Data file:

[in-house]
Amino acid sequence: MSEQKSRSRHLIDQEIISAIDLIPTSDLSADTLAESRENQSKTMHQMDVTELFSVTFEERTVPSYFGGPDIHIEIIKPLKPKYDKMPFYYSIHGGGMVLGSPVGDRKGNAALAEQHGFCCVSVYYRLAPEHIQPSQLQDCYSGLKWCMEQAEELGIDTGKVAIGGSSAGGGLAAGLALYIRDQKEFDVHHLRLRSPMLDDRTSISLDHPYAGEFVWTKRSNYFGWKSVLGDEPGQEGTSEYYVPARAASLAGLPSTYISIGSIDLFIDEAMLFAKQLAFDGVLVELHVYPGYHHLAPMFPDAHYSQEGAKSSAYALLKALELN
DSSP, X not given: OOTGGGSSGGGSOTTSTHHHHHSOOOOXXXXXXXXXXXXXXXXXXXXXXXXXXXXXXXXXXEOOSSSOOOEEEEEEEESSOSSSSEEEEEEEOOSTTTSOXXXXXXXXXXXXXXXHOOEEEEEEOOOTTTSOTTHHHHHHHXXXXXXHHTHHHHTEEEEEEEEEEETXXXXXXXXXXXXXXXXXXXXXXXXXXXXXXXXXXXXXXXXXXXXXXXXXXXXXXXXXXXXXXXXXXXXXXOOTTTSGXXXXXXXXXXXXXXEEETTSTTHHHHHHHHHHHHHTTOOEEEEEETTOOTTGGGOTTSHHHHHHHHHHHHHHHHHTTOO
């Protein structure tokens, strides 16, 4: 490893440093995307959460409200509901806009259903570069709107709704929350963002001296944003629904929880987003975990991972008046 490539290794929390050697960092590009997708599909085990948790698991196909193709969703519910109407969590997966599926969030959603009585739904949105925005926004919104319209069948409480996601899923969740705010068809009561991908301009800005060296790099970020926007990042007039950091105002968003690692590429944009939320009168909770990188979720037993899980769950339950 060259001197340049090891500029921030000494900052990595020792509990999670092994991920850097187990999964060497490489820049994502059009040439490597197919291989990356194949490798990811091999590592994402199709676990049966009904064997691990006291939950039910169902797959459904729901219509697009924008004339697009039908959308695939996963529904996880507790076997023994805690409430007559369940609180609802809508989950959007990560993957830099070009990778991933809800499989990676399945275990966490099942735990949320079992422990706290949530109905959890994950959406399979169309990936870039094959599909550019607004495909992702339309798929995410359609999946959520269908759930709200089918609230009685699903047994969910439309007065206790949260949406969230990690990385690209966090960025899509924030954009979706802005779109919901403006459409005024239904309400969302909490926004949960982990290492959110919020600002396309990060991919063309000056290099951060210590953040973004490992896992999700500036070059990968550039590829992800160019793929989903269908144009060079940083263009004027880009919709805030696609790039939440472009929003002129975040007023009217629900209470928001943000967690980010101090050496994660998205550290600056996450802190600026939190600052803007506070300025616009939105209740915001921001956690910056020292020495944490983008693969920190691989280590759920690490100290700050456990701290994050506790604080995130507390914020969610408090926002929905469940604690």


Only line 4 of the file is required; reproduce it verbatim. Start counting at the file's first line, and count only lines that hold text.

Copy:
């Protein structure tokens, strides 16, 4: 490893440093995307959460409200509901806009259903570069709107709704929350963002001296944003629904929880987003975990991972008046 490539290794929390050697960092590009997708599909085990948790698991196909193709969703519910109407969590997966599926969030959603009585739904949105925005926004919104319209069948409480996601899923969740705010068809009561991908301009800005060296790099970020926007990042007039950091105002968003690692590429944009939320009168909770990188979720037993899980769950339950 060259001197340049090891500029921030000494900052990595020792509990999670092994991920850097187990999964060497490489820049994502059009040439490597197919291989990356194949490798990811091999590592994402199709676990049966009904064997691990006291939950039910169902797959459904729901219509697009924008004339697009039908959308695939996963529904996880507790076997023994805690409430007559369940609180609802809508989950959007990560993957830099070009990778991933809800499989990676399945275990966490099942735990949320079992422990706290949530109905959890994950959406399979169309990936870039094959599909550019607004495909992702339309798929995410359609999946959520269908759930709200089918609230009685699903047994969910439309007065206790949260949406969230990690990385690209966090960025899509924030954009979706802005779109919901403006459409005024239904309400969302909490926004949960982990290492959110919020600002396309990060991919063309000056290099951060210590953040973004490992896992999700500036070059990968550039590829992800160019793929989903269908144009060079940083263009004027880009919709805030696609790039939440472009929003002129975040007023009217629900209470928001943000967690980010101090050496994660998205550290600056996450802190600026939190600052803007506070300025616009939105209740915001921001956690910056020292020495944490983008693969920190691989280590759920690490100290700050456990701290994050506790604080995130507390914020969610408090926002929905469940604690």